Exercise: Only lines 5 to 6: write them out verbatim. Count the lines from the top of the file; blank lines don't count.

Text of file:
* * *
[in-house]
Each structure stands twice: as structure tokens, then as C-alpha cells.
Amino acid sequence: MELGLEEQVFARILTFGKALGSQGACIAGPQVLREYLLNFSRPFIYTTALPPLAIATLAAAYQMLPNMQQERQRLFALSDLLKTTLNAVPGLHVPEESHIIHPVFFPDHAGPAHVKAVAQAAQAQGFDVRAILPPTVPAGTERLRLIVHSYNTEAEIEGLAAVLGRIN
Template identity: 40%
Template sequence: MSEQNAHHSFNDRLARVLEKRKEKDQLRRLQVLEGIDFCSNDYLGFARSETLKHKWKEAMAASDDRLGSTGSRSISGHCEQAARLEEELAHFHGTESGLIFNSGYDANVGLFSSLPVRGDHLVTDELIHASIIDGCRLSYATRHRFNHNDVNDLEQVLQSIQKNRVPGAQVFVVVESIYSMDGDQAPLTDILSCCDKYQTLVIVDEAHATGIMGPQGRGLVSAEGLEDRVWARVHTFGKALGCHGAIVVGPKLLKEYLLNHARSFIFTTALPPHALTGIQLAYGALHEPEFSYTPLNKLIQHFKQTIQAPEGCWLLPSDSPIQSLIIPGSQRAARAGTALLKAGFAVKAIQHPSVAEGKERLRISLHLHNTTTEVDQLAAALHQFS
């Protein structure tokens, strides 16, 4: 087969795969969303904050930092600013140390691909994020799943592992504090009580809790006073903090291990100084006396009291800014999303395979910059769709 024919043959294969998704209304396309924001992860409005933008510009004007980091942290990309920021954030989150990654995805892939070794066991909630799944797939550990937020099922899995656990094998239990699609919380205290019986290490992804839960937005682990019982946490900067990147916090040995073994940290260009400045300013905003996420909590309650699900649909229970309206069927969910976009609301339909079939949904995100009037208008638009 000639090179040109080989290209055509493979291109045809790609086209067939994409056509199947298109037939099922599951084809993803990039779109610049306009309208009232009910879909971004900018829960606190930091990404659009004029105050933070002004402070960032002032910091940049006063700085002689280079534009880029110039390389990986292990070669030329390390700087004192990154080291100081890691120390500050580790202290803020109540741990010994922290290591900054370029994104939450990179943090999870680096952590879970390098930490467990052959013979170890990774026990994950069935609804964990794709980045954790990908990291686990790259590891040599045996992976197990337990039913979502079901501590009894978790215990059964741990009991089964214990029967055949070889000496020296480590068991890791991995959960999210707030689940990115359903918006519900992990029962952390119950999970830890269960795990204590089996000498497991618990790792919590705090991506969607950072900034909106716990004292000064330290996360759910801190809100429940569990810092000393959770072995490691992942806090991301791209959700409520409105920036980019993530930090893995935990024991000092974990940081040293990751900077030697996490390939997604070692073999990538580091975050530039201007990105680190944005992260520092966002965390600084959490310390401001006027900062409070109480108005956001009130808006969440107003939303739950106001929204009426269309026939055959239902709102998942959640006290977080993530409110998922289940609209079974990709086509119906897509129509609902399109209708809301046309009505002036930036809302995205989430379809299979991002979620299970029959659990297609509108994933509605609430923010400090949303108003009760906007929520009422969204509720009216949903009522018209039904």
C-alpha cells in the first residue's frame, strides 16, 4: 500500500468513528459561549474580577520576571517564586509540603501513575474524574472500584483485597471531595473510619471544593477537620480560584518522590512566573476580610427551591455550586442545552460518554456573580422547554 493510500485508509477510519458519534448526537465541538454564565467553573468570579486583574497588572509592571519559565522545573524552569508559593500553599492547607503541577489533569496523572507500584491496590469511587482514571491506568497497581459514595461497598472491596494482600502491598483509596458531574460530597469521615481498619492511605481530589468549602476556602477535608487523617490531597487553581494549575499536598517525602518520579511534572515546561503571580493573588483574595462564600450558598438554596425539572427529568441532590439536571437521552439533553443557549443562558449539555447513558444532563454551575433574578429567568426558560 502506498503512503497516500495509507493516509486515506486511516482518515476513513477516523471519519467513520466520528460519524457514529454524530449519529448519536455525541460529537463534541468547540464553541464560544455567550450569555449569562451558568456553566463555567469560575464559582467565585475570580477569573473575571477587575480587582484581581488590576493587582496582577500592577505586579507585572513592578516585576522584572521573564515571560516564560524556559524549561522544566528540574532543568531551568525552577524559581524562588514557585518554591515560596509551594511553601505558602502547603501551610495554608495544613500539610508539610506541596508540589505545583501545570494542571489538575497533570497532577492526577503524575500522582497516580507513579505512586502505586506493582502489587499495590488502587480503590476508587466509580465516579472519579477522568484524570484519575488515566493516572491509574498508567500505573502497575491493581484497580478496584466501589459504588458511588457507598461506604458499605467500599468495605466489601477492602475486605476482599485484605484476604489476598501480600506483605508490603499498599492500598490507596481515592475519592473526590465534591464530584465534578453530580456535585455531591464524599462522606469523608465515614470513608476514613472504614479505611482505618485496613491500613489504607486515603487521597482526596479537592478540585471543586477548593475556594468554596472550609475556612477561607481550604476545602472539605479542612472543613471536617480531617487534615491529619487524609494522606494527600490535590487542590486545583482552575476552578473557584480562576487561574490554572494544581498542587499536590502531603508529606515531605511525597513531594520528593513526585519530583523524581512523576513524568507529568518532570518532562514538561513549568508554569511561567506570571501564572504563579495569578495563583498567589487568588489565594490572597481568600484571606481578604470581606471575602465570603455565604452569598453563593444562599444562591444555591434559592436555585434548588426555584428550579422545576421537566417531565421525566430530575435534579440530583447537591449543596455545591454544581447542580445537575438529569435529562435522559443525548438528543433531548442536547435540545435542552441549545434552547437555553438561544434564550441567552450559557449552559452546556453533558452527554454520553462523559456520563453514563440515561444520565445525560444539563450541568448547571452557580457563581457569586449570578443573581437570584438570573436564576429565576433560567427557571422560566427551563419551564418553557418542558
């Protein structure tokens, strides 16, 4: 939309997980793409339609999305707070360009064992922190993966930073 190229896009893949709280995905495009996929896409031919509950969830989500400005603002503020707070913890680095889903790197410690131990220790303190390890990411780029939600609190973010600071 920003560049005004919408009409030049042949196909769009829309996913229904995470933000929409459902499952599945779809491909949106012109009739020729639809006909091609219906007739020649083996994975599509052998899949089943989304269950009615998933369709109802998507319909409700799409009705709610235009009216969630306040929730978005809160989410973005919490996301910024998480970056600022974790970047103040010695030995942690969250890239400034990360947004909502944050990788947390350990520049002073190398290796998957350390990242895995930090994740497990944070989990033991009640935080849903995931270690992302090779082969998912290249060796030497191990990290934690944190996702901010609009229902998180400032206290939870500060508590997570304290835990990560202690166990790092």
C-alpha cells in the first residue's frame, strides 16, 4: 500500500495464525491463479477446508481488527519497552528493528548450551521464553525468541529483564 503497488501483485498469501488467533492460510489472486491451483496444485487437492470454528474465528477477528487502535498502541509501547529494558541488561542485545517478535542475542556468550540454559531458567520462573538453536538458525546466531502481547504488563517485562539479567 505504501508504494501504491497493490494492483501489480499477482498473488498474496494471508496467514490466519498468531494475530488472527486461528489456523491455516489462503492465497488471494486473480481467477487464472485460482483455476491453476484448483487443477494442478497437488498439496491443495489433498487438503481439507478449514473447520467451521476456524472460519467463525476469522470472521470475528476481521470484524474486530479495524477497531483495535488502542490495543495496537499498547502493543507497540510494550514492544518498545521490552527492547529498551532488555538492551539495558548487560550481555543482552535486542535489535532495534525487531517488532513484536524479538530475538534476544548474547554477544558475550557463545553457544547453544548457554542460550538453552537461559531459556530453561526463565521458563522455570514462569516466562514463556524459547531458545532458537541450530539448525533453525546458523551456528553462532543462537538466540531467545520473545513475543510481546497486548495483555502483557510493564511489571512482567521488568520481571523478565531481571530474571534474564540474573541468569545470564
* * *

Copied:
Template sequence: MSEQNAHHSFNDRLARVLEKRKEKDQLRRLQVLEGIDFCSNDYLGFARSETLKHKWKEAMAASDDRLGSTGSRSISGHCEQAARLEEELAHFHGTESGLIFNSGYDANVGLFSSLPVRGDHLVTDELIHASIIDGCRLSYATRHRFNHNDVNDLEQVLQSIQKNRVPGAQVFVVVESIYSMDGDQAPLTDILSCCDKYQTLVIVDEAHATGIMGPQGRGLVSAEGLEDRVWARVHTFGKALGCHGAIVVGPKLLKEYLLNHARSFIFTTALPPHALTGIQLAYGALHEPEFSYTPLNKLIQHFKQTIQAPEGCWLLPSDSPIQSLIIPGSQRAARAGTALLKAGFAVKAIQHPSVAEGKERLRISLHLHNTTTEVDQLAAALHQFS
């Protein structure tokens, strides 16, 4: 087969795969969303904050930092600013140390691909994020799943592992504090009580809790006073903090291990100084006396009291800014999303395979910059769709 024919043959294969998704209304396309924001992860409005933008510009004007980091942290990309920021954030989150990654995805892939070794066991909630799944797939550990937020099922899995656990094998239990699609919380205290019986290490992804839960937005682990019982946490900067990147916090040995073994940290260009400045300013905003996420909590309650699900649909229970309206069927969910976009609301339909079939949904995100009037208008638009 000639090179040109080989290209055509493979291109045809790609086209067939994409056509199947298109037939099922599951084809993803990039779109610049306009309208009232009910879909971004900018829960606190930091990404659009004029105050933070002004402070960032002032910091940049006063700085002689280079534009880029110039390389990986292990070669030329390390700087004192990154080291100081890691120390500050580790202290803020109540741990010994922290290591900054370029994104939450990179943090999870680096952590879970390098930490467990052959013979170890990774026990994950069935609804964990794709980045954790990908990291686990790259590891040599045996992976197990337990039913979502079901501590009894978790215990059964741990009991089964214990029967055949070889000496020296480590068991890791991995959960999210707030689940990115359903918006519900992990029962952390119950999970830890269960795990204590089996000498497991618990790792919590705090991506969607950072900034909106716990004292000064330290996360759910801190809100429940569990810092000393959770072995490691992942806090991301791209959700409520409105920036980019993530930090893995935990024991000092974990940081040293990751900077030697996490390939997604070692073999990538580091975050530039201007990105680190944005992260520092966002965390600084959490310390401001006027900062409070109480108005956001009130808006969440107003939303739950106001929204009426269309026939055959239902709102998942959640006290977080993530409110998922289940609209079974990709086509119906897509129509609902399109209708809301046309009505002036930036809302995205989430379809299979991002979620299970029959659990297609509108994933509605609430923010400090949303108003009760906007929520009422969204509720009216949903009522018209039904």